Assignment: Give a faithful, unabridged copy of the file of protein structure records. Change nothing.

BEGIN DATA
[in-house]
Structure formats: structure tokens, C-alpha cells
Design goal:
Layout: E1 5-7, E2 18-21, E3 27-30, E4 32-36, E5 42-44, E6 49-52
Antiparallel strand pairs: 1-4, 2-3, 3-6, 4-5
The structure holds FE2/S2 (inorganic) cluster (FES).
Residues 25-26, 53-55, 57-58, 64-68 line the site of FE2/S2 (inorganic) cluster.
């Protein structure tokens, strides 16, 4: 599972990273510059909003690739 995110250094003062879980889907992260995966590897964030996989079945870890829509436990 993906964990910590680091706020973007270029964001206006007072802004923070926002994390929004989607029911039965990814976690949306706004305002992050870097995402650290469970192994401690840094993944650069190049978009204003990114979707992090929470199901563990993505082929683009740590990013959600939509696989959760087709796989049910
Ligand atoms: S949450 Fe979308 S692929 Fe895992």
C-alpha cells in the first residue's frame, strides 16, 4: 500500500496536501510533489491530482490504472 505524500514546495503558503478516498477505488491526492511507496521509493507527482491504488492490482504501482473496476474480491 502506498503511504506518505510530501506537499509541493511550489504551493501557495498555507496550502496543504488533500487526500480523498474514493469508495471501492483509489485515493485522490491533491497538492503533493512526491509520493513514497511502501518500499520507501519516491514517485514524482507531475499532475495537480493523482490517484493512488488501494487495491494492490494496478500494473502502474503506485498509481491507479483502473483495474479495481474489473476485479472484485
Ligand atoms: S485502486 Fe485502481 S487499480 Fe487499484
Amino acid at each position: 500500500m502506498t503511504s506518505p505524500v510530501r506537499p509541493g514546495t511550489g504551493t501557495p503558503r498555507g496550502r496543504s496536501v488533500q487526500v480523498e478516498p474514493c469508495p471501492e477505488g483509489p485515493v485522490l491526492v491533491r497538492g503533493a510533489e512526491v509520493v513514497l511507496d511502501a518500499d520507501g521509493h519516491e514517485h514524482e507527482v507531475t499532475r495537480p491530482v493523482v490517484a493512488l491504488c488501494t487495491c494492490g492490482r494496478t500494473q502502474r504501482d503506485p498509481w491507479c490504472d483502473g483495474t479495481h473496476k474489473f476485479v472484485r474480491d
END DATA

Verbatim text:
[in-house]
Structure formats: structure tokens, C-alpha cells
Design goal:
Layout: E1 5-7, E2 18-21, E3 27-30, E4 32-36, E5 42-44, E6 49-52
Antiparallel strand pairs: 1-4, 2-3, 3-6, 4-5
The structure holds FE2/S2 (inorganic) cluster (FES).
Residues 25-26, 53-55, 57-58, 64-68 line the site of FE2/S2 (inorganic) cluster.
């Protein structure tokens, strides 16, 4: 599972990273510059909003690739 995110250094003062879980889907992260995966590897964030996989079945870890829509436990 993906964990910590680091706020973007270029964001206006007072802004923070926002994390929004989607029911039965990814976690949306706004305002992050870097995402650290469970192994401690840094993944650069190049978009204003990114979707992090929470199901563990993505082929683009740590990013959600939509696989959760087709796989049910
Ligand atoms: S949450 Fe979308 S692929 Fe895992």
C-alpha cells in the first residue's frame, strides 16, 4: 500500500496536501510533489491530482490504472 505524500514546495503558503478516498477505488491526492511507496521509493507527482491504488492490482504501482473496476474480491 502506498503511504506518505510530501506537499509541493511550489504551493501557495498555507496550502496543504488533500487526500480523498474514493469508495471501492483509489485515493485522490491533491497538492503533493512526491509520493513514497511502501518500499520507501519516491514517485514524482507531475499532475495537480493523482490517484493512488488501494487495491494492490494496478500494473502502474503506485498509481491507479483502473483495474479495481474489473476485479472484485
Ligand atoms: S485502486 Fe485502481 S487499480 Fe487499484
Amino acid at each position: 500500500m502506498t503511504s506518505p505524500v510530501r506537499p509541493g514546495t511550489g504551493t501557495p503558503r498555507g496550502r496543504s496536501v488533500q487526500v480523498e478516498p474514493c469508495p471501492e477505488g483509489p485515493v485522490l491526492v491533491r497538492g503533493a510533489e512526491v509520493v513514497l511507496d511502501a518500499d520507501g521509493h519516491e514517485h514524482e507527482v507531475t499532475r495537480p491530482v493523482v490517484a493512488l491504488c488501494t487495491c494492490g492490482r494496478t500494473q502502474r504501482d503506485p498509481w491507479c490504472d483502473g483495474t479495481h473496476k474489473f476485479v472484485r474480491d